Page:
When is it Unsafe for Loved Ones to Live at Home?

By | May 16, 2016

We all want our loved ones to remain safe and healthy in their retirement years.  It should be a time for them to enjoy the freedom and independence that comes as a reward for a lifetime of hard work and dedication.  According to AARP, nearly 90% of people over age 65 want to enjoy their retirement from the comfort of their own home.  For those dealing with physical ailments and responsibilities of home maintenance, living at home can sometimes be more of a danger than a benefit.

_K0C7052What to look for

Apart from the outward appearance of loneliness and isolation that is often brought on by living alone, what other warning signs should a loved one be on the lookout for?

  1. How are they eating? Stop by for a meal with your loved ones periodically.  While you are there, have a look in their refrigerator and their pantry.  Do you see fresh fruits and vegetables, milk, eggs etc?  Or do you see a lot of processed foods, soda pop, sugary breakfast cereal, and instant dinners?  If so, this could be a sign that dietary needs are not being properly met and they could benefit from the balanced diet provided in a retirement community setting.
  2. How clean and well-maintained is the house? If the lawn and landscaping is unkempt, or if the inside of the house is cluttered and disorganized, this could also be a warning sign.  Aging loved-ones who struggle with maintaining their homes are at risk for injury that could result in hospitalization.  They could benefit immensely from a retirement community setting where the maintenance is provided for them and the environment is free from injury-causing hazards.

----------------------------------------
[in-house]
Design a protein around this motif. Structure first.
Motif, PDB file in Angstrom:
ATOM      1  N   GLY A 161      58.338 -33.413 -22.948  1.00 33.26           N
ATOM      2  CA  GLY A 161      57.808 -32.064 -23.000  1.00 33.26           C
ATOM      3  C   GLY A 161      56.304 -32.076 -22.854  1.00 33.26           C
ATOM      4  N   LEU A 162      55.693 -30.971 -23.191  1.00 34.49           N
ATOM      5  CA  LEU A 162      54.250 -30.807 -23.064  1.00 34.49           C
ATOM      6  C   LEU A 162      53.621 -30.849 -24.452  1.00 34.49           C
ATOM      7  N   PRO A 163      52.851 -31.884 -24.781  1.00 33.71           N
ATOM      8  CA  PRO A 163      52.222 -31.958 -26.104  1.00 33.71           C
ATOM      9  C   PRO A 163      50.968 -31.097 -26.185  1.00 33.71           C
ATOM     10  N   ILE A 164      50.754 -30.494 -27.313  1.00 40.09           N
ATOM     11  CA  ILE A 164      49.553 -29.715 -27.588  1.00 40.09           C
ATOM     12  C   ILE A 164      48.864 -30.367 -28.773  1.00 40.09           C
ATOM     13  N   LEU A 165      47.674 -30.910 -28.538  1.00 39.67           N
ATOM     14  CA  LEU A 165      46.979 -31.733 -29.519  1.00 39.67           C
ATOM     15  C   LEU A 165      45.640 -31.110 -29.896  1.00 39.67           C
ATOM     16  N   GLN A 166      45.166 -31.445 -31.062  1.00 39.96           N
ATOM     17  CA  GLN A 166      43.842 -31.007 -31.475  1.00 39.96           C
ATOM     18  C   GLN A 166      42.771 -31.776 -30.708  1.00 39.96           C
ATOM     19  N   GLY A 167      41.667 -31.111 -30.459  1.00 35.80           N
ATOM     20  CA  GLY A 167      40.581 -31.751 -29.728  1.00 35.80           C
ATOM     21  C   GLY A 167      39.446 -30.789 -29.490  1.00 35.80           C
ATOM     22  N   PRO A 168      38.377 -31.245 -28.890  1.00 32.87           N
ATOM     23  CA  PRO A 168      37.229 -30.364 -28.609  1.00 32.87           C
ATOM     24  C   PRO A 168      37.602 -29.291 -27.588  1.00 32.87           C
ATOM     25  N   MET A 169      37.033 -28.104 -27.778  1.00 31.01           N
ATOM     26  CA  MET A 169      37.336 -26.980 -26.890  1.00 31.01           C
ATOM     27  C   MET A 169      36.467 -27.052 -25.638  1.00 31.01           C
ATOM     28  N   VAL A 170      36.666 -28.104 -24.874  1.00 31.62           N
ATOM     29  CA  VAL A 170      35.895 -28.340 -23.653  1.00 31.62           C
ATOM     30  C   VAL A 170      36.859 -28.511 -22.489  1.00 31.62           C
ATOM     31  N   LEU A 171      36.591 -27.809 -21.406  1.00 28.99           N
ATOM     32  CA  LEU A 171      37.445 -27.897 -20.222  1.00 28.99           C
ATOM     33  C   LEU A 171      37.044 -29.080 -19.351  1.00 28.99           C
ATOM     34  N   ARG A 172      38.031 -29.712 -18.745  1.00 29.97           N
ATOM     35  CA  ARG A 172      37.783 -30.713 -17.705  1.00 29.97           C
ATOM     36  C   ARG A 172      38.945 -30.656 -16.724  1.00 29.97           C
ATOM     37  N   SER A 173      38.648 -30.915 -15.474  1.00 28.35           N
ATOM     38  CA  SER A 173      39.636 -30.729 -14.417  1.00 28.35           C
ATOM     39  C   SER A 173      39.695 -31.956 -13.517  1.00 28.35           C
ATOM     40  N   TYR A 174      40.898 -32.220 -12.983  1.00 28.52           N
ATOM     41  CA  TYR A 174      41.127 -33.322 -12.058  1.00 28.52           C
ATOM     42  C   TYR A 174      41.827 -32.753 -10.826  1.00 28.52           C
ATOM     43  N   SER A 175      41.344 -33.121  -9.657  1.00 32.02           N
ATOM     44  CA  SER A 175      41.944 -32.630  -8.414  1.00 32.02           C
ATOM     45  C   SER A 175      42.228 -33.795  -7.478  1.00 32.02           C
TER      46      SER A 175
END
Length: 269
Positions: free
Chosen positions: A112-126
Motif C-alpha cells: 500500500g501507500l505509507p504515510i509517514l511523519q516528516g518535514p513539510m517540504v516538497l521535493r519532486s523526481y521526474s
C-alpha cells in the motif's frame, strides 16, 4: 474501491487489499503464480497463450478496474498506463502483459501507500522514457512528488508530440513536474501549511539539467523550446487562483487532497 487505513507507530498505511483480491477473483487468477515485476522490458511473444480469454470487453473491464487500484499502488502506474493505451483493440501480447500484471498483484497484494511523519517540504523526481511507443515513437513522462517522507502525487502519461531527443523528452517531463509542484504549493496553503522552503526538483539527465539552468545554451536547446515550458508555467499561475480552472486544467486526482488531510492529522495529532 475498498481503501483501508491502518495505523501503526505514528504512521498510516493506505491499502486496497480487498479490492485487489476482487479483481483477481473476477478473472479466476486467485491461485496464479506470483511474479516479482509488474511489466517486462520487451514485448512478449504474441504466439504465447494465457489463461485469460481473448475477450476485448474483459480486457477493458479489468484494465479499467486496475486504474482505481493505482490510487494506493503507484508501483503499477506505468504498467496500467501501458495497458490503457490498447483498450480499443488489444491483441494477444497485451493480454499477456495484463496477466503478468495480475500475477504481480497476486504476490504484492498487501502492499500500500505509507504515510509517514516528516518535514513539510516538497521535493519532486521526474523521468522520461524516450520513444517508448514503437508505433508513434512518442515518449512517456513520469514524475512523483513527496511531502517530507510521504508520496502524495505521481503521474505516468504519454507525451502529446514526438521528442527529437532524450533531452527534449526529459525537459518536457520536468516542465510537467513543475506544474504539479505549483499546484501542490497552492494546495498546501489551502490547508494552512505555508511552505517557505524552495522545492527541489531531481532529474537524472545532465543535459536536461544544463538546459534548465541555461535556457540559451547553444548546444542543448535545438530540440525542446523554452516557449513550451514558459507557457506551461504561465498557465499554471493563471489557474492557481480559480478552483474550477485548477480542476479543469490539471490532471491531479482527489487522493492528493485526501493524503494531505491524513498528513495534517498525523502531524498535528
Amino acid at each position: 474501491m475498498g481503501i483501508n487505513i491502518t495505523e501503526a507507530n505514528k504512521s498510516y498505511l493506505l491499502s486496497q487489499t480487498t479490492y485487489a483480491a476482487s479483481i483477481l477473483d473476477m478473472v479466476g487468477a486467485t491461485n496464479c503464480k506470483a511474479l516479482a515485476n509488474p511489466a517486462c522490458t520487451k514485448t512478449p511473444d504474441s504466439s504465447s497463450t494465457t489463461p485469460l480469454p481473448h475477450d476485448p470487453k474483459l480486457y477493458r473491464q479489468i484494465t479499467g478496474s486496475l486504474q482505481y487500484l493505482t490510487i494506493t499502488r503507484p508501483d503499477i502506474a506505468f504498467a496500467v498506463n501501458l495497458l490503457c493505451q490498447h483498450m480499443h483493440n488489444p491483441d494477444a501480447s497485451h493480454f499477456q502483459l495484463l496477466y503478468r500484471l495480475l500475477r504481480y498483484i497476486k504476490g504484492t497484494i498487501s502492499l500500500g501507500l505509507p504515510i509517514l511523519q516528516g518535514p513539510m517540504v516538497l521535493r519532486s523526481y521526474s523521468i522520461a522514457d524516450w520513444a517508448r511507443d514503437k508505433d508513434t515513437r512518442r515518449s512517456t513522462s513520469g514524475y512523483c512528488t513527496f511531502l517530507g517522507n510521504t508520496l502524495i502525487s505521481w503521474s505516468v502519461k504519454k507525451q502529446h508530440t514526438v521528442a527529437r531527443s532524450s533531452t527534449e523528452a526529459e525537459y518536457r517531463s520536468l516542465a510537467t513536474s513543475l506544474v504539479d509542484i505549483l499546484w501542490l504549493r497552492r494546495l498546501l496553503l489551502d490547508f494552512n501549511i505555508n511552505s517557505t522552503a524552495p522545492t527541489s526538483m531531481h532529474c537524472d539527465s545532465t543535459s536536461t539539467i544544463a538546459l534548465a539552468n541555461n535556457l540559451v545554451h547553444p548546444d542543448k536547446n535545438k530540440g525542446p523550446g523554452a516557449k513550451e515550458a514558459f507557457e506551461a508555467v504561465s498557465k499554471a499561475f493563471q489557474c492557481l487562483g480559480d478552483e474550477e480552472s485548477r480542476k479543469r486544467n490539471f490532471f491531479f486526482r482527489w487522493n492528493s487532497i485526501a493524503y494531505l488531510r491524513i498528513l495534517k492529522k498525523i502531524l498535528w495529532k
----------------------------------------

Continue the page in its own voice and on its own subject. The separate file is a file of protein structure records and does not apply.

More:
3. Is forgetfulness becoming an issue? If you notice that your loved ones are often confused, or more forgetful than they used to be, they may be at risk.  Many things can cause forgetfulness including poor nutrition and mismanagement of medications.  In a retirement community setting, they not only receive balanced meals, but they can also get help to ensure that medications are taken when needed and in the right dosages.

A little help goes a long way

The Administration on Aging reports that an estimated 12% of seniors age 65 and older – more than 5 million in total – need some type of assistance with long-term care to perform activities of daily living.  If your loved ones are among this group, take heart!  There are many options available – many of which can make their retired years healthier and happier.

Spend some time researching senior living communities.  Get to know the options available in your area.  This will help prepare you to talk to your loved ones about a possible move.  If you have additional questions about what a senior living community brings to the table, Primrose would be honored to assist you.  Just visit www.primroseretirement.com for additional information.

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